A formal push is underway to legalize marijuana in Massachusetts, but there’s already infighting over how best to do it.
Two competing groups filed petitions in August that would let voters decide whether to legalize and regulate cannabis. Medical marijuana is already legal in Massachusetts; the petitions would end the prohibition on recreational weed.
But they would do it in dramatically different ways. One group wants to legalize and regulate while the other wants to legalize, period. The first effort reflects the pragmatic approach adopted in states where pot is now legal. The second reflects the growing voice of libertarian potheads.
Who wins the pre-ballot struggle could ultimately decide whether legalization passes at the ballot next year. Observers worry that either group could have a hard time appealing to mainstream voters if those voters see it as a divisive proposal.
Feasible proposal to legalize and regulate
One of the petitions, filed by the Campaign to Regulate Marijuana Like Alcohol in Massachusetts, would use a Cannabis Control Commission to regulate a legal weed industry, with members appointed by state officials. The petition would allow retail marijuana stores and commercial grow sites.
It would also levy a 3.75 percent tax on retail sales, along with the state’s regular sales tax of 6.25 percent. Local communities could add another 2 percent sales tax to fund municipal projects.
The proposal would allow adults to grow up to six plants at home and would make retail pot available by January 2018. Medical marijuana dispensaries would be given an edge in applying to sell marijuana to recreational users.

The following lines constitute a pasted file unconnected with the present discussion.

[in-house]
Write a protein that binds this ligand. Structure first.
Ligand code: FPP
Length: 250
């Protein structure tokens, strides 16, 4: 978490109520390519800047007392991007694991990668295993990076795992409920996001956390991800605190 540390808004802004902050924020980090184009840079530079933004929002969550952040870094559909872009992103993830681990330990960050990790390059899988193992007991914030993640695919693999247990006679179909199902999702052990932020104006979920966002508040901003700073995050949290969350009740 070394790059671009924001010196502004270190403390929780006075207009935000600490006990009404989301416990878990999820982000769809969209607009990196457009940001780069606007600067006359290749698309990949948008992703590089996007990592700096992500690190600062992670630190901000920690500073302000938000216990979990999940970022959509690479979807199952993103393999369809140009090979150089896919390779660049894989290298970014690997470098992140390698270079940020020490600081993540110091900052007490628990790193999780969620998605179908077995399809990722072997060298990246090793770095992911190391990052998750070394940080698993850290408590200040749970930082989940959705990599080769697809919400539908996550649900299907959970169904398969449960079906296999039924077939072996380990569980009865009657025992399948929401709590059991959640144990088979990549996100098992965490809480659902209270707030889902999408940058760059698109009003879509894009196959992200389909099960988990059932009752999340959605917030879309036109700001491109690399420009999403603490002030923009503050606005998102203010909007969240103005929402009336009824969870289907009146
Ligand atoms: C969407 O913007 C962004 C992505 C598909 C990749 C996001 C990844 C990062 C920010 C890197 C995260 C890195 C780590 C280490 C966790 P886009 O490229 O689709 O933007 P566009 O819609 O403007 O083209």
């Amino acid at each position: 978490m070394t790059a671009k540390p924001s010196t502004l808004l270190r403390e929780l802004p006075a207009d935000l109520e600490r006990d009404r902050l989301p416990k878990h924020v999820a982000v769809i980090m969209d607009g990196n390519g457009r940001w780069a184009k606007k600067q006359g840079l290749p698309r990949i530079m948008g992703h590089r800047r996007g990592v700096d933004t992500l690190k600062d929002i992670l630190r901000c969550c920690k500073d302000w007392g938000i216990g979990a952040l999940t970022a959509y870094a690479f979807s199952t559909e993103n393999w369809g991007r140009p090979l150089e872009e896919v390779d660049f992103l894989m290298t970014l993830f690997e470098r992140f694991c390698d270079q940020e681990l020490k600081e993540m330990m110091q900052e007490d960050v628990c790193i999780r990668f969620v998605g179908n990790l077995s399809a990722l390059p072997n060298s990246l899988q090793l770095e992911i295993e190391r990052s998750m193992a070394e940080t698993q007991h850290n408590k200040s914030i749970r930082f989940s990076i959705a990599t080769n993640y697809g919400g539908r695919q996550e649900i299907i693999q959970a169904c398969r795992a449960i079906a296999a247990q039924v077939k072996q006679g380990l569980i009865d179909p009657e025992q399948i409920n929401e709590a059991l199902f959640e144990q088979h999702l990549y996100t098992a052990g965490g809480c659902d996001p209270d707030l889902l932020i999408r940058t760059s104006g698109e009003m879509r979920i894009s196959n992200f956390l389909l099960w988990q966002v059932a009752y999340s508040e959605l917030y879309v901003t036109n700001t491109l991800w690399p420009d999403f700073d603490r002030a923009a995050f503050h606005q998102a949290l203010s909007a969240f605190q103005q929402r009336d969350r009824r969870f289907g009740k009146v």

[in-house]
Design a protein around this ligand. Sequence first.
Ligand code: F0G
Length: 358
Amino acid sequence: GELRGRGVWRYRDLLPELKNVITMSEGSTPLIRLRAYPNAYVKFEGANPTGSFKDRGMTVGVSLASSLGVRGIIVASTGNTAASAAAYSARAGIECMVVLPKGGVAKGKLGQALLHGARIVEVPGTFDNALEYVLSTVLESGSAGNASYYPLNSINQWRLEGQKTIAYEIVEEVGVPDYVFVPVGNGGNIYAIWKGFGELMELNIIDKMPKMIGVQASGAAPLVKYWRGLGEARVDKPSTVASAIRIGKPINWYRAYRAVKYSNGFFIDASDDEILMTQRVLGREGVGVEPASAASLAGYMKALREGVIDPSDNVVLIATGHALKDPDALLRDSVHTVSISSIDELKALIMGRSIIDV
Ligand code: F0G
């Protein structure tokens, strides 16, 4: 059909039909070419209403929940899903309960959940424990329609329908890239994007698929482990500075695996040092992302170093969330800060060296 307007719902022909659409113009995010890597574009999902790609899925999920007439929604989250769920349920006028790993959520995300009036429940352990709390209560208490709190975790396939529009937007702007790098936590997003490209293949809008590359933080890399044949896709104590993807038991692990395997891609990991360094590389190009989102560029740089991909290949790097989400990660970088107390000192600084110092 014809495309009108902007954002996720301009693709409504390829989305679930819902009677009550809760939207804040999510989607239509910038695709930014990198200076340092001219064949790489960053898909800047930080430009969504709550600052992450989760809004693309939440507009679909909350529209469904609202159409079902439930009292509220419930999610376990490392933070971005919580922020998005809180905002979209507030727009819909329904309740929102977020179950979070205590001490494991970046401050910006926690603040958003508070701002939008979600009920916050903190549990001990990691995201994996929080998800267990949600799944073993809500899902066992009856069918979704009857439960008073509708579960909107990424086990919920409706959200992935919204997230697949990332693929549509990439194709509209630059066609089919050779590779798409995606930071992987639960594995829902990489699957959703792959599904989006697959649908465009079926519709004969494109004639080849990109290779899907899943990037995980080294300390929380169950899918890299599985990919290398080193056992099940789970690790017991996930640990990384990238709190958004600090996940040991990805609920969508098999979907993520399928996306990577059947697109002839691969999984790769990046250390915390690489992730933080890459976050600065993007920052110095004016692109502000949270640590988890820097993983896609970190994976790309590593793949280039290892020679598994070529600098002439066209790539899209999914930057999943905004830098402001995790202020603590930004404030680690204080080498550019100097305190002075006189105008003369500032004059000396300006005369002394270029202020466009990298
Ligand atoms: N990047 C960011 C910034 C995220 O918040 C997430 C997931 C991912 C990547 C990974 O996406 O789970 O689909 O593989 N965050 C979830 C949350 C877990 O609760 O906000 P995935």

The Campaign to Regulate Marijuana Like Alcohol gets its money mostly from the Marijuana Policy Project, a large national advocacy group. Backers include a leader at the Massachusetts office of the ACLU, as well as prominent local activists.
The other ballot effort, from Bay State Repeal, is focused almost exclusively on ending prohibition. This group, made up entirely of local activists, submitted three separate versions of the same proposal. They share a near-complete lack of commercial or private regulation.
The Bay State petitions would make it legal for adults to possess any amount of cannabis and grow an unlimited number of plants at home. Massachusetts’ sales tax would apply to weed, but there would be no special tax on the drug.
The group’s spokesman, Steve Epstein, said backers would focus their signature-gathering efforts on whichever of the three plans the group decides is the strongest.
Complete lack of commercial regulation
One of those petitions would legalize pot for adults over 21 but would not impose any degree of commercial regulation, allowing unfettered cultivation, processing, sale, and possession. This version would provide penalties for sales to minors, but would not set weight limits at any point between seed and sale.
Bay State’s other two petitions are similar but would impose a “light” regulatory scheme, Epstein said.
“We think a free market is the better course,” he said.
The betting money is on the more restrictive petition, from the Campaign to Regulate Marijuana Like Alcohol. It’s not an accident that local groups such as Bay State Repeal have failed to draw national-level funding, in Massachusetts and elsewhere. The Marijuana Policy Project, for its part, has succeeded with legalization proposals in other states.
Competing groups harm reform movement
The split between the two groups in Massachusetts is seen elsewhere. Two legalization petitions are competing for signatures and votes in Maine, while activists in California are squabbling over several proposals.
Local activists often complain that their civil liberties aren’t being respected by new legalization schemes. They see the reform movement as an opportunity to push a hardcore political agenda.
The problem is, they’re doomed to fail, every time. No state will ever adopt a legalization proposal that includes no regulations. We already heavily regulate booze and cigarettes; the idea that this shouldn’t apply to weed is nonsense.
What’s worse, efforts like Bay State Repeal pose a real threat to more moderate ballot initiatives. Voters confronted with a disjointed cannabis reform movement are liable to be turned off completely and reject reform.